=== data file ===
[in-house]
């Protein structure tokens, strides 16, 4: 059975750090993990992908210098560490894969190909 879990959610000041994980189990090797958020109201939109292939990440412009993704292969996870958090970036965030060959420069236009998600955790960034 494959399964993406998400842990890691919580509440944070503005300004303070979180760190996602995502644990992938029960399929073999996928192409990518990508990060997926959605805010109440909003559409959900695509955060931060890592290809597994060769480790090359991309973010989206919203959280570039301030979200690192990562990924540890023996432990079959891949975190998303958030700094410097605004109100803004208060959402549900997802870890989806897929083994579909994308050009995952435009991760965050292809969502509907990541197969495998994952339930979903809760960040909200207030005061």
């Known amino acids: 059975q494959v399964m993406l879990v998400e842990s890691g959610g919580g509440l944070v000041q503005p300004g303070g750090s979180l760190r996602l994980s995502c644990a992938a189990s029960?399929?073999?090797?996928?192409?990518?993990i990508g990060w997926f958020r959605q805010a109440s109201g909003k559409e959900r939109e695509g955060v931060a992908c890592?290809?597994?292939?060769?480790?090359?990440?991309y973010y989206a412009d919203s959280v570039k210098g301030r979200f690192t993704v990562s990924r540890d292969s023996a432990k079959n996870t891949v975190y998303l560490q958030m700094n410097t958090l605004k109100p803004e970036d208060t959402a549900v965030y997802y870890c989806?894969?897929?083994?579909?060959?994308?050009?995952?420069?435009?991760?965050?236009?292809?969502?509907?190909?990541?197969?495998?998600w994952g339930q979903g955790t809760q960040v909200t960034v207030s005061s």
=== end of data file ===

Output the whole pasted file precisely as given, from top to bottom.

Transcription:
[in-house]
């Protein structure tokens, strides 16, 4: 059975750090993990992908210098560490894969190909 879990959610000041994980189990090797958020109201939109292939990440412009993704292969996870958090970036965030060959420069236009998600955790960034 494959399964993406998400842990890691919580509440944070503005300004303070979180760190996602995502644990992938029960399929073999996928192409990518990508990060997926959605805010109440909003559409959900695509955060931060890592290809597994060769480790090359991309973010989206919203959280570039301030979200690192990562990924540890023996432990079959891949975190998303958030700094410097605004109100803004208060959402549900997802870890989806897929083994579909994308050009995952435009991760965050292809969502509907990541197969495998994952339930979903809760960040909200207030005061």
């Known amino acids: 059975q494959v399964m993406l879990v998400e842990s890691g959610g919580g509440l944070v000041q503005p300004g303070g750090s979180l760190r996602l994980s995502c644990a992938a189990s029960?399929?073999?090797?996928?192409?990518?993990i990508g990060w997926f958020r959605q805010a109440s109201g909003k559409e959900r939109e695509g955060v931060a992908c890592?290809?597994?292939?060769?480790?090359?990440?991309y973010y989206a412009d919203s959280v570039k210098g301030r979200f690192t993704v990562s990924r540890d292969s023996a432990k079959n996870t891949v975190y998303l560490q958030m700094n410097t958090l605004k109100p803004e970036d208060t959402a549900v965030y997802y870890c989806?894969?897929?083994?579909?060959?994308?050009?995952?420069?435009?991760?965050?236009?292809?969502?509907?190909?990541?197969?495998?998600w994952g339930q979903g955790t809760q960040v909200t960034v207030s005061s």